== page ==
Good Intentions & Subtle Contradictions, Pt. 1: Geek Heresy

I’ve been meaning to review Geek Heresy (Ketaro Toyoma, 2015) for a while. On the whole I really liked it, and would deem it useful reading for anyone doing work tangentially related to technology and/or international development. Three cheers for procrastination, however, as this week technology researcher Evgeny Morozov released a thoughtful and scathing assessment of technology and innovation policy in the Clinton-era State Department – which has important implications for how these elements will be viewed, addressed, and managed in the presumably forthcoming Clinton administration.

Moreover, all of this is especially important now: we’re in a murky era of unestablished norms and maladapted legal frameworks. While that era’s not coming to a close quite yet, things are in some respects beginning to congeal: only so many problems can pop up before someone, somewhere, has to make a decision and set a precedent.

Given all that! In this post – Part 1 – I’m going to summarize and review Geek Heresy. In Part 2, I’ll discuss its relevance to historical U.S. government-managed initiatives discussed in the Morozov article, spell out what I think this means for USAID in particular, and conclude with examples of organizations that I think are truly doing digital development right, as well as some academic frameworks I have found helpful when parsing these concepts. Continue reading “Good Intentions & Subtle Contradictions, Pt. 1: Geek Heresy”

Good Intentions & Subtle Contradictions, Pt. 1: Geek Heresy

Review: The Woman Who Lost Her Soul

Let’s begin boldly: The Woman Who Lost Her Soul (Bob Shacochis, 2013) is a Great 21st Century American Novel in the way something like East of Eden is a Great 20th Century American Novel. I’ve been meaning to attempt to convince other people to read it for some time – hesitating because I found it so clarifying and obligating that I’m admittedly a little self-conscious to share. But TWWLHS never got its due in terms of readership, and while daunting in thickness and scope, the novel is so painfully relevant to the world’s present set of conundrums as to merit a public love letter.

The book is divided into five portions, each with their own shaded tenor and narrator (for the record, I found the first part a struggle; this is somewhat intentional and worth perseverance). Settings include post-occupation Haiti; occupied Croatia; the ferries and basilicas of Istanbul during the Cold War; Fayetteville, inside the wire; Fairfax, on the green; the Garnet Mountains of Montana; Bosnia; the Outer Banks; Nairobi.

Plot-wise, it’s is a massively elegiac and confounding rumination on star-spangled good intentions: both barbing and hopeful, damning and redemptive, catholically critical and secularly prophetic. A stellar WaPo review (which spills more plot than I will here) properly pegs it as “a spy thriller in the sense that Moby Dick is a fishing tale”, albeit with black flags in lieu of white whales.

These trails of allegory throughout are self-aware, and sometimes self-deprecating, but remain poignant even when applied with a heavy hand. Here’s one example replicated in full, a description of the central Cold War Warrior as viewed by his eponymous daughter:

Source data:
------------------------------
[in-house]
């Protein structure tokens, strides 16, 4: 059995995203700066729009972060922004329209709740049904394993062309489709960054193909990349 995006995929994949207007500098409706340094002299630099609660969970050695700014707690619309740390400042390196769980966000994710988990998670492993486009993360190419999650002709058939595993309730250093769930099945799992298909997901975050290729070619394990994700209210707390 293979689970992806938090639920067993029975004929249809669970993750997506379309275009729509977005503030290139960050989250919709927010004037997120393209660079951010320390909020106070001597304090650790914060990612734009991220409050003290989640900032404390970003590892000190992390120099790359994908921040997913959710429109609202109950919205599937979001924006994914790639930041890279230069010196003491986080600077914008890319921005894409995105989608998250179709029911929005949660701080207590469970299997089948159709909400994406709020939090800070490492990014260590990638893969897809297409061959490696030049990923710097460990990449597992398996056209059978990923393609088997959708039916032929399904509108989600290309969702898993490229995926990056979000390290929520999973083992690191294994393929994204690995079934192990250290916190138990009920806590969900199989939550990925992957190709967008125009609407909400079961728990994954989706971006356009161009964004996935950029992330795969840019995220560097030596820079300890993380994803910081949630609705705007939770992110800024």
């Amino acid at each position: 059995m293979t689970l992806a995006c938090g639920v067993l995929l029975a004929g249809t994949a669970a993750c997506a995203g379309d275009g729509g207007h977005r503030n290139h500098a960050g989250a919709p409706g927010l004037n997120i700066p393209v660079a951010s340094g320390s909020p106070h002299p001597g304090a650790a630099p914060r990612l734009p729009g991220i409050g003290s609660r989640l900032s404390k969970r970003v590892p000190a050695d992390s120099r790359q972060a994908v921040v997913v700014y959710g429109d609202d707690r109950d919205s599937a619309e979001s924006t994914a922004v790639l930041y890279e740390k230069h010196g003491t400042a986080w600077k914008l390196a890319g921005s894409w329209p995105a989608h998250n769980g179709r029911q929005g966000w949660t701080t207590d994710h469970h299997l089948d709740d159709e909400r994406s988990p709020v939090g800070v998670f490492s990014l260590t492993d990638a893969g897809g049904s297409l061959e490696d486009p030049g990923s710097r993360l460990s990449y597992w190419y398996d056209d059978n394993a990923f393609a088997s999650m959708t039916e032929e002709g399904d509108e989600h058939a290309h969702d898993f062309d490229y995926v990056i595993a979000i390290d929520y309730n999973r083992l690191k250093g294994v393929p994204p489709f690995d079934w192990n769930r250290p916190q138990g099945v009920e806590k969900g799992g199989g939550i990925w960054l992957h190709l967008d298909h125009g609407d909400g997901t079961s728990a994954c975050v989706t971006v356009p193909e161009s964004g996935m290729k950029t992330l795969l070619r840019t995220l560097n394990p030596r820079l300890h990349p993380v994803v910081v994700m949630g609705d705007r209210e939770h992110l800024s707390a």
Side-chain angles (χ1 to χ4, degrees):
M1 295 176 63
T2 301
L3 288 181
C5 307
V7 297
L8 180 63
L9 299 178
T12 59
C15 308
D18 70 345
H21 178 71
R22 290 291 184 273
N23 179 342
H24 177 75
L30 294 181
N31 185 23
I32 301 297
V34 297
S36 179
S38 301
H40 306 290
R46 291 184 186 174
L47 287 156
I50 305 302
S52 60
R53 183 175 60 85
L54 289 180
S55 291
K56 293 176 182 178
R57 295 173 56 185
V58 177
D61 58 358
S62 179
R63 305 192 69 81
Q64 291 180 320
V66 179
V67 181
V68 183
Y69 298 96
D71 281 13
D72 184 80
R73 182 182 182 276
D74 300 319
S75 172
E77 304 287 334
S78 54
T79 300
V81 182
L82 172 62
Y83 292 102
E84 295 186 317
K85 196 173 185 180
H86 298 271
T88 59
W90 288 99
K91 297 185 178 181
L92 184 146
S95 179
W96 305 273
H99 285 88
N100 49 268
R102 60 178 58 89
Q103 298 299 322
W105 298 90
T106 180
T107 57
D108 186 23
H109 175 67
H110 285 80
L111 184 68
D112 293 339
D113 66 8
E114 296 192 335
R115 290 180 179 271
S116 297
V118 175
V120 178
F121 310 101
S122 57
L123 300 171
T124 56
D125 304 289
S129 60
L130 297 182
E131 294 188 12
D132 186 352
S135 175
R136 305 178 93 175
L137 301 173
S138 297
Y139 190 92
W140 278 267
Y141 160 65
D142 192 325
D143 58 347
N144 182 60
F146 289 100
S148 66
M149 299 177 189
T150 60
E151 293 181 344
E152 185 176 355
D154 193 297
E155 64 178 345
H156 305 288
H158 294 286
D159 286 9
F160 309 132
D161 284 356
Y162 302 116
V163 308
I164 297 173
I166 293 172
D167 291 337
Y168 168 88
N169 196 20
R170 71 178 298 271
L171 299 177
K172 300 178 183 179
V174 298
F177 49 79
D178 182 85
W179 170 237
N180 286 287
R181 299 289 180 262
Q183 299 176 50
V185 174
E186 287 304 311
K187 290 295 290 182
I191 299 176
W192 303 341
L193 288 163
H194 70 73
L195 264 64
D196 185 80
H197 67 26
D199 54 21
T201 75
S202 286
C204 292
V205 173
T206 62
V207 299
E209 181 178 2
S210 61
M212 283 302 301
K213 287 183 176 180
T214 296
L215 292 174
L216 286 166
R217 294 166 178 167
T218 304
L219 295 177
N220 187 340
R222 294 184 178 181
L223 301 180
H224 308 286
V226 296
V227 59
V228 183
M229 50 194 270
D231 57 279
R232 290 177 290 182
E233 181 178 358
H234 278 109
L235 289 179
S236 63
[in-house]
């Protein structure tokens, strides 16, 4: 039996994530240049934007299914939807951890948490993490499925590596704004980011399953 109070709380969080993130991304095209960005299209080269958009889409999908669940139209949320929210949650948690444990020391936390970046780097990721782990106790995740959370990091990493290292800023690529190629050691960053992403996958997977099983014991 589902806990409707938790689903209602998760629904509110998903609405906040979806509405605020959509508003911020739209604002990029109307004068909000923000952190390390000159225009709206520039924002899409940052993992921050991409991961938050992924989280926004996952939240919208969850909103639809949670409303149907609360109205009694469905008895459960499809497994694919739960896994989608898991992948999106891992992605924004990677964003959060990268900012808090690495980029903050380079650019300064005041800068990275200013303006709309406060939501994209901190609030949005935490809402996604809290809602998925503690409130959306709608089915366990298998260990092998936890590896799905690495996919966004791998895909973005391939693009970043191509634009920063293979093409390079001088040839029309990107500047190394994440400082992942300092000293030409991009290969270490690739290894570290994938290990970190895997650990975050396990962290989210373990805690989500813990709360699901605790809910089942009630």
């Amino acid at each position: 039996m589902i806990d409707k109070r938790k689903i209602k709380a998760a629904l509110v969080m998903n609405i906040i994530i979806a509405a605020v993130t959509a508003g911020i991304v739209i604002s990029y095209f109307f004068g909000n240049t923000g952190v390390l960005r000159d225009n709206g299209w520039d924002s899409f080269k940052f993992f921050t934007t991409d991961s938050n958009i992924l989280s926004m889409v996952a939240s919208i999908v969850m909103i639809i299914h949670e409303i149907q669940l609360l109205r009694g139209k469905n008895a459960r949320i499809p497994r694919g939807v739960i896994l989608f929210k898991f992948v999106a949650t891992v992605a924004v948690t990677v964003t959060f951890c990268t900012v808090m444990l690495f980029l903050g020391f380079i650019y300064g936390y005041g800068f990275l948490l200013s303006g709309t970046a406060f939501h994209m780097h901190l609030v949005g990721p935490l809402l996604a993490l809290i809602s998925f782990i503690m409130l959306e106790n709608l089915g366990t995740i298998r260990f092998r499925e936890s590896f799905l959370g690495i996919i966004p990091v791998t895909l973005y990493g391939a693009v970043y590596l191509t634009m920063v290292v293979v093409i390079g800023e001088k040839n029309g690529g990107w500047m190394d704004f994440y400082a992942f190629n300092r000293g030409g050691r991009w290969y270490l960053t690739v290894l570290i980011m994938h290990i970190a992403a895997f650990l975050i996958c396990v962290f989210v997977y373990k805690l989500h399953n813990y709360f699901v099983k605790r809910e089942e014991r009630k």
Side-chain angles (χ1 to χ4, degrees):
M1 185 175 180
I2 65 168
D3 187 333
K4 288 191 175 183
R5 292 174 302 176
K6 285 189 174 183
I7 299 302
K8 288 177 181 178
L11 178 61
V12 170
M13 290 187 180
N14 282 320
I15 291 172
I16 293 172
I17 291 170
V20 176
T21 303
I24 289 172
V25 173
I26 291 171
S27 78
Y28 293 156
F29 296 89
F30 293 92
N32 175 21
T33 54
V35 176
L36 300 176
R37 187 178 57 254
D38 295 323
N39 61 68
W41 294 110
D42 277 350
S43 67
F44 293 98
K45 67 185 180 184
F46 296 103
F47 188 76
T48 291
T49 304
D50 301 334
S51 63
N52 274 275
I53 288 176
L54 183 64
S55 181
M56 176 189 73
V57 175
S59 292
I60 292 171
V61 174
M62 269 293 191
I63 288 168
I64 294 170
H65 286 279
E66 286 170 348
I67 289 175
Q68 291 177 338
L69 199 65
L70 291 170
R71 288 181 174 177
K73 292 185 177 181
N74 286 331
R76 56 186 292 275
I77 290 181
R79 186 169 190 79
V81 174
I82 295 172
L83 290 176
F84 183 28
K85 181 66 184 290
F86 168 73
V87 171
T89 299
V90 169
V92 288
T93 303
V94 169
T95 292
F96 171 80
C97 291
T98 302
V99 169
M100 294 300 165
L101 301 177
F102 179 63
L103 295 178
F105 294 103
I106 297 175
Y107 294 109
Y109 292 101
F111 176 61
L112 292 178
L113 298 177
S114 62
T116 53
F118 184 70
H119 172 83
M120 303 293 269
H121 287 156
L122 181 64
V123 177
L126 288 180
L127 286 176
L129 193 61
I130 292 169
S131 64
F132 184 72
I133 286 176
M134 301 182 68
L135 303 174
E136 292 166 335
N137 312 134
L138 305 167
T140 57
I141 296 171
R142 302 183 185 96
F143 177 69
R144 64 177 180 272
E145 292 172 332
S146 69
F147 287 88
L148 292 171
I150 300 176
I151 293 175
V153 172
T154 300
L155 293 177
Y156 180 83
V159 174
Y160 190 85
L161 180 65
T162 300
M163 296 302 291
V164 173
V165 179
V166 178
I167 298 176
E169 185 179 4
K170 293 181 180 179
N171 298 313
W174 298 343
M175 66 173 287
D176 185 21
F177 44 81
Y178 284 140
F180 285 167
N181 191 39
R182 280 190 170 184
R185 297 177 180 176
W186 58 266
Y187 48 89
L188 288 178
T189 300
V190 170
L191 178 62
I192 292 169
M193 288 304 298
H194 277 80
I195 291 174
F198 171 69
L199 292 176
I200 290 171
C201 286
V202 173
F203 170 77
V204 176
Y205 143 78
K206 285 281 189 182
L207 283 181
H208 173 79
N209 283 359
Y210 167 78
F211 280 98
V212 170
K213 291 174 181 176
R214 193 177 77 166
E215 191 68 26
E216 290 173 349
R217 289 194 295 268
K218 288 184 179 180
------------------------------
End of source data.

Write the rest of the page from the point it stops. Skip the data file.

“Knowing this: shackled to his obsessions, her father could not stop no matter what, always betting on the consequences breaking his way – short term, certainly; long term, if God so deemed. Repercussions? Not to worry. He could separate people and events and missions and affairs and yet, she would eventually understand, he could not separate the bigger things in his life that sorely needed separation: patriotism and hatred, love and violence, ideology and facts, judgment and passion, intellect and emotion, duty and zealotry, hope and certainty, confidence and hubris, power and fury, God and retribution, dreams of peace and fantasies of war, one’s devils and one’s angels. The past and the future, upon which he asserted ownership. Righteousness and a moral compass that had never been galvanized to the true north.”

At other times, Shacochis tiptoes more implicitly to the modern era. He guides the narrative by projecting it onto reality: a flash of the Khobar Towers, a scant jab at presidential indiscretion, a passing reference to some guy named Bremer. These glimpses constitute a demanding but edifying game of connect-the-dots, coalescing at intervals into recognizable shapes and inducing pangs of dread.

His characterization, by the way, is consistently gorgeous. Stumbling back from Haiti, for instance: “The perfection of his imagined life culminated with a dog, yet under the circumstances he could not have the dog unless he had a woman who loved dogs, or just a woman who loved him, a yearning as distant from his reality as the moon.” And he hits notes that divulge particular familiarities (re: running off to the mountains or beach as a “cure for being too real” – “yeah? Is that like a white people disease?”).

The narrative never quite reaches the implicit climax (headily augured by the last epigraph: “oh, but the end of safety comes to us all – right where we live”) but the lessons and warnings are all about the aftershocks. In that light, rebukes transform into calls to try harder as we navigate the reverberations – to splice power from fury – and hint at paths toward redemption. This is the sort of book I would recommend to every elected official grappling with the slippery algebra of enemies and alliances, every aid worker navigating amongst least bad options, and every citizen concerned by the Gordian knot of responsibilities demanded by or requested of a hegemon.


[Bonus: I made a book playlist like a crazy person…]

Review: The Woman Who Lost Her Soul